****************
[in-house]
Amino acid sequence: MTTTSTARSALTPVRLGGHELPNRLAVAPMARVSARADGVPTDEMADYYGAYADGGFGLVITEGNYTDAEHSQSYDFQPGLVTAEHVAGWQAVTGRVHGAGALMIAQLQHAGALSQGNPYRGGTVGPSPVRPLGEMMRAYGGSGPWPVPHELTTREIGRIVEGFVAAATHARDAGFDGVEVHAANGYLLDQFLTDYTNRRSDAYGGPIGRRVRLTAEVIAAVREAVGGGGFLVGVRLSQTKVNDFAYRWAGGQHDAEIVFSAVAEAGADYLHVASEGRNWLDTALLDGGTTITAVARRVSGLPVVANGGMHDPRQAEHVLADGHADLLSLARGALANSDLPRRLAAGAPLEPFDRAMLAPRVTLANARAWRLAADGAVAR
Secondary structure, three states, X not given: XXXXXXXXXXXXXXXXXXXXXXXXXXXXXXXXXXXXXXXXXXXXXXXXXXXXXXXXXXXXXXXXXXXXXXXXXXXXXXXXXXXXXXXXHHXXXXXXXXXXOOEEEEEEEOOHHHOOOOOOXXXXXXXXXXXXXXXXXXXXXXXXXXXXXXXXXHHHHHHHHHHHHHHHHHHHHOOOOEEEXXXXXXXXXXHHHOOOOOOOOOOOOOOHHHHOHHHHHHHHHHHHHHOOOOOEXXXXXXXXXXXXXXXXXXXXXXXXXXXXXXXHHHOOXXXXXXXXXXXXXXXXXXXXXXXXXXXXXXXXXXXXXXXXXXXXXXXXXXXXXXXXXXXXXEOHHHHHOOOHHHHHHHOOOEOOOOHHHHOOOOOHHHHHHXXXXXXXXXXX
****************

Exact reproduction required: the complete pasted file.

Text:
[in-house]
Amino acid sequence: MTTTSTARSALTPVRLGGHELPNRLAVAPMARVSARADGVPTDEMADYYGAYADGGFGLVITEGNYTDAEHSQSYDFQPGLVTAEHVAGWQAVTGRVHGAGALMIAQLQHAGALSQGNPYRGGTVGPSPVRPLGEMMRAYGGSGPWPVPHELTTREIGRIVEGFVAAATHARDAGFDGVEVHAANGYLLDQFLTDYTNRRSDAYGGPIGRRVRLTAEVIAAVREAVGGGGFLVGVRLSQTKVNDFAYRWAGGQHDAEIVFSAVAEAGADYLHVASEGRNWLDTALLDGGTTITAVARRVSGLPVVANGGMHDPRQAEHVLADGHADLLSLARGALANSDLPRRLAAGAPLEPFDRAMLAPRVTLANARAWRLAADGAVAR
Secondary structure, three states, X not given: XXXXXXXXXXXXXXXXXXXXXXXXXXXXXXXXXXXXXXXXXXXXXXXXXXXXXXXXXXXXXXXXXXXXXXXXXXXXXXXXXXXXXXXXHHXXXXXXXXXXOOEEEEEEEOOHHHOOOOOOXXXXXXXXXXXXXXXXXXXXXXXXXXXXXXXXXHHHHHHHHHHHHHHHHHHHHOOOOEEEXXXXXXXXXXHHHOOOOOOOOOOOOOOHHHHOHHHHHHHHHHHHHHOOOOOEXXXXXXXXXXXXXXXXXXXXXXXXXXXXXXXHHHOOXXXXXXXXXXXXXXXXXXXXXXXXXXXXXXXXXXXXXXXXXXXXXXXXXXXXXXXXXXXXXEOHHHHHOOOHHHHHHHOOOEOOOOHHHHOOOOOHHHHHHXXXXXXXXXXX